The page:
Our readers in the West may have never heard of Maslenitsa, but for Russians it is an ancient tradition wrapped up in the coming of Springtime, food and the beginning of Christian Easter. It is a festival dating back to pagan times when Russians would celebrate the end of winter and beginning of spring.
In pagan times, Maslenitsa marked the beginning of spring and was celebrated on the vernal equinox day. Symbols were about nature and the sun.
Later the Church would christen the tradition, using Maslenitsa to mark the period of Lent and the 40 days of fasting prior to Easter. In modern times the celebration is a week long and represents one last chance to enjoy the delights of spring before the Lenten fast.
As explained on a recent Russia Today television and radio programme, the name of the holiday, Maslenitsa (derived from maslo, which means butter or oil in Russian) owes its existence to the tradition of baking pancakes (or blini , in Russian). They are essential to the celebration of Maslenitsa.
On the one hand, hot, round, and golden, pancakes, as people believed, embody a little of the sun’s grace and might, helping to warm up the frozen earth. In old days pancakes were cooked from buckwheat flour, lending them a red color, making the significance even more evident.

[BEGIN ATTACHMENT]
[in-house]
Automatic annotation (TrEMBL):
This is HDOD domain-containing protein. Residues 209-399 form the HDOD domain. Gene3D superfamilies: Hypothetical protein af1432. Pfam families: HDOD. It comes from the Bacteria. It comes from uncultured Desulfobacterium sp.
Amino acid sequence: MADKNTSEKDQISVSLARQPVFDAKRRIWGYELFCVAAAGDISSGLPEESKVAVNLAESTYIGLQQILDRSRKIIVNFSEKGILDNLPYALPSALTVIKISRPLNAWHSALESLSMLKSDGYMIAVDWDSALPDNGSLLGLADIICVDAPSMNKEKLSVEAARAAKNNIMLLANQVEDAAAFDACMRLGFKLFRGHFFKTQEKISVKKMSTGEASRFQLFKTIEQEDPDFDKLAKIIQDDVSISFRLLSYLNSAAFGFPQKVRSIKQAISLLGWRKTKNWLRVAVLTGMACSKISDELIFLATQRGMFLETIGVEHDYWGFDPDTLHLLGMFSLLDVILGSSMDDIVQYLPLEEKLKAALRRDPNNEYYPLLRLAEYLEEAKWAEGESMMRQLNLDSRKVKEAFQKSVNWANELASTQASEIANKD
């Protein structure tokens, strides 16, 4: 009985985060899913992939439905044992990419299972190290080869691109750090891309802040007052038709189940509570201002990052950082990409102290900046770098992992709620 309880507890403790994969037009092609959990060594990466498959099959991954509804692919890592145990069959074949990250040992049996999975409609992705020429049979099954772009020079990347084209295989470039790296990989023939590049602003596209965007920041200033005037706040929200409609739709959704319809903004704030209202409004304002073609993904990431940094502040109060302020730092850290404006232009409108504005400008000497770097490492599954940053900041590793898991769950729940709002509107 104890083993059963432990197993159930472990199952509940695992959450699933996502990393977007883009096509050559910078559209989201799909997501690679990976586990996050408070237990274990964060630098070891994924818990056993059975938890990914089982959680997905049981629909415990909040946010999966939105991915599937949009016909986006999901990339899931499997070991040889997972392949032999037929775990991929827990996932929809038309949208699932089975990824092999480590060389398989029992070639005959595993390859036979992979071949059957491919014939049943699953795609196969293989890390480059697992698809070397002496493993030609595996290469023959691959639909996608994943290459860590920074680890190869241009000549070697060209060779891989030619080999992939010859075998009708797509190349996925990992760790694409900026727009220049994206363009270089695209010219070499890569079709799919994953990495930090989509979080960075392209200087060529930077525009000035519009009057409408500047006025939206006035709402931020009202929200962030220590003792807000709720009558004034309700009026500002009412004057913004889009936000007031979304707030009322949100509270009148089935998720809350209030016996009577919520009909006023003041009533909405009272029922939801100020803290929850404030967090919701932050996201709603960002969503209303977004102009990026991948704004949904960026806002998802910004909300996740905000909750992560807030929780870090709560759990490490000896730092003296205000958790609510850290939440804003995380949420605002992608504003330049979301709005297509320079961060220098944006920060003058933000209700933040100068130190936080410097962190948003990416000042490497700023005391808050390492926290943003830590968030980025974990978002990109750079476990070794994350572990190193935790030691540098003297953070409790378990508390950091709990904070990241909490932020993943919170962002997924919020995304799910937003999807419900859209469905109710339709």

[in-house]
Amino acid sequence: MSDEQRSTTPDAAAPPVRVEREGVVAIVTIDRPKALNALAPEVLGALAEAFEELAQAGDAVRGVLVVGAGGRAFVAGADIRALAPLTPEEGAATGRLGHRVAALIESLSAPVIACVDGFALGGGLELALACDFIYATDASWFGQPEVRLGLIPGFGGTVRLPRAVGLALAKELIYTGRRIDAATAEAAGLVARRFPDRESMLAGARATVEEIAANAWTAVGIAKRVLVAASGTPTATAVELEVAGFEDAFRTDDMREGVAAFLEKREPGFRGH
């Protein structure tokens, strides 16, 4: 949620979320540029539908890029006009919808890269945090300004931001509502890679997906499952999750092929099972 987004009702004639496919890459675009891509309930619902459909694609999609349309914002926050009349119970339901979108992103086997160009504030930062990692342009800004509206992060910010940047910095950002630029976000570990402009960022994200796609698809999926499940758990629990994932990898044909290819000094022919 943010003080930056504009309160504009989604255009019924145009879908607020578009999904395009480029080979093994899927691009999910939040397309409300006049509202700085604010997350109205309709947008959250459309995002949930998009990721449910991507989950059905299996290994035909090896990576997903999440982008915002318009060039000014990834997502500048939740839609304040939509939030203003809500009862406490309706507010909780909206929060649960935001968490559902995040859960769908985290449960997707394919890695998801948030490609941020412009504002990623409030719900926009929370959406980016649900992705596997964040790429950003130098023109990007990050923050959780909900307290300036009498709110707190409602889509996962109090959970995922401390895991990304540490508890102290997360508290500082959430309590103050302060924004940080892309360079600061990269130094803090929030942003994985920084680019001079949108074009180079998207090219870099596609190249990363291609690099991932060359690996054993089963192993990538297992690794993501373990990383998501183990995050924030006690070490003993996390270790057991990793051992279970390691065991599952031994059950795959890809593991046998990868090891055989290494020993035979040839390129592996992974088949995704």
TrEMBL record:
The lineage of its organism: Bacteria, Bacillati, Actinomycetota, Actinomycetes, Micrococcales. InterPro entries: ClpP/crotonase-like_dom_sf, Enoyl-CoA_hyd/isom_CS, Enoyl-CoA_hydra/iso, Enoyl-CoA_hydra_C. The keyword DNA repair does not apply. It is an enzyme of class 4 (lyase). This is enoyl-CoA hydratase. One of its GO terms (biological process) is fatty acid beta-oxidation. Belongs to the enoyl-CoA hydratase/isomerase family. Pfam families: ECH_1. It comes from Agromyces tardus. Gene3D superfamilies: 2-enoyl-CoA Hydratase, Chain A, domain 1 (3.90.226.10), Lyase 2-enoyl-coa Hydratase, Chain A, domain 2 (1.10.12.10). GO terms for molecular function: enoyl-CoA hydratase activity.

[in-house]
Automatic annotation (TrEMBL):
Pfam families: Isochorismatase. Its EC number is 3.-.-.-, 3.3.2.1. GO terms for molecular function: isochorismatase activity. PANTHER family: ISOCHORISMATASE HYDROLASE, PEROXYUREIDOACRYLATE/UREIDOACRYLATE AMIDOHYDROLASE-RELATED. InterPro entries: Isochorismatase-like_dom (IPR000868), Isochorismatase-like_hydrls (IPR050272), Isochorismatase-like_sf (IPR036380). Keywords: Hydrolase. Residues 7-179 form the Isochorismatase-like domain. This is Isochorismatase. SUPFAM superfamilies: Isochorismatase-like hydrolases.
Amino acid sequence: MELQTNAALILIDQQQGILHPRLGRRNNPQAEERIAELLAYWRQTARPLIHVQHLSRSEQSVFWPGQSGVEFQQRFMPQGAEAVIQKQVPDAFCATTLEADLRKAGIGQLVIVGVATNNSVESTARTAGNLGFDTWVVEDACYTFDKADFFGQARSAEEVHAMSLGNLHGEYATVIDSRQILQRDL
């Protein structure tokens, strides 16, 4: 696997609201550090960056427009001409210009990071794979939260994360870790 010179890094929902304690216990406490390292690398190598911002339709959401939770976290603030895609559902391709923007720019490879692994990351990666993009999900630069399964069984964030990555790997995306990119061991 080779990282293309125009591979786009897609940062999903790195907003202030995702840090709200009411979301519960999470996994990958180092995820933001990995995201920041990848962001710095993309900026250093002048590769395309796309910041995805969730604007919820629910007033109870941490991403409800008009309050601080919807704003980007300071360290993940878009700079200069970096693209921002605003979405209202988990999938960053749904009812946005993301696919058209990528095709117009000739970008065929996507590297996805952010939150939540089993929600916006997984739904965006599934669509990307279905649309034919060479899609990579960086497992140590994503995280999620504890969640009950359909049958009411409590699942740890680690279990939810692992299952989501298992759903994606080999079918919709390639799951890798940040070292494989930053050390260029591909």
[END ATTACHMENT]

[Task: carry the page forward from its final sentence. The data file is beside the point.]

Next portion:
Russians don’t cover pancakes with sugary syrup as a rule, opting instead for things like ice cream, sour cream, butter, jams and caviar to name but a few. There are three weeks of Maslenitsa, with the second week called “Meatfare” week and the last chance to enjoy meat products prior to Easter.
The third and final week which began on 11 March, is called “Cheesefare” week and Russians enjoy dairy products, usually with a week long diet of pancakes. As most Russians typically love pancakes, called “blini” in Russian, this isn’t a restriction as much as it is a party.
“Cheesefare” week culminates on Sunday, 17 March, called “Forgiveness Sunday” and it is on that day that the strict 40 Lenten fasting period begins. Forgiveness Sunday is the day to ring up all those you’ve offended or hurt in some way and to ask for their forgiveness. A popular way for some Russians is to spend “forgiveness Sunday” is to visit relatives and friends with an exchange of kisses and asking for forgiveness from each other, if by chance an offense had been made by words or deeds.
We’ll cover the Lenten fast in the coming days as the calendar approaches the 40 day event.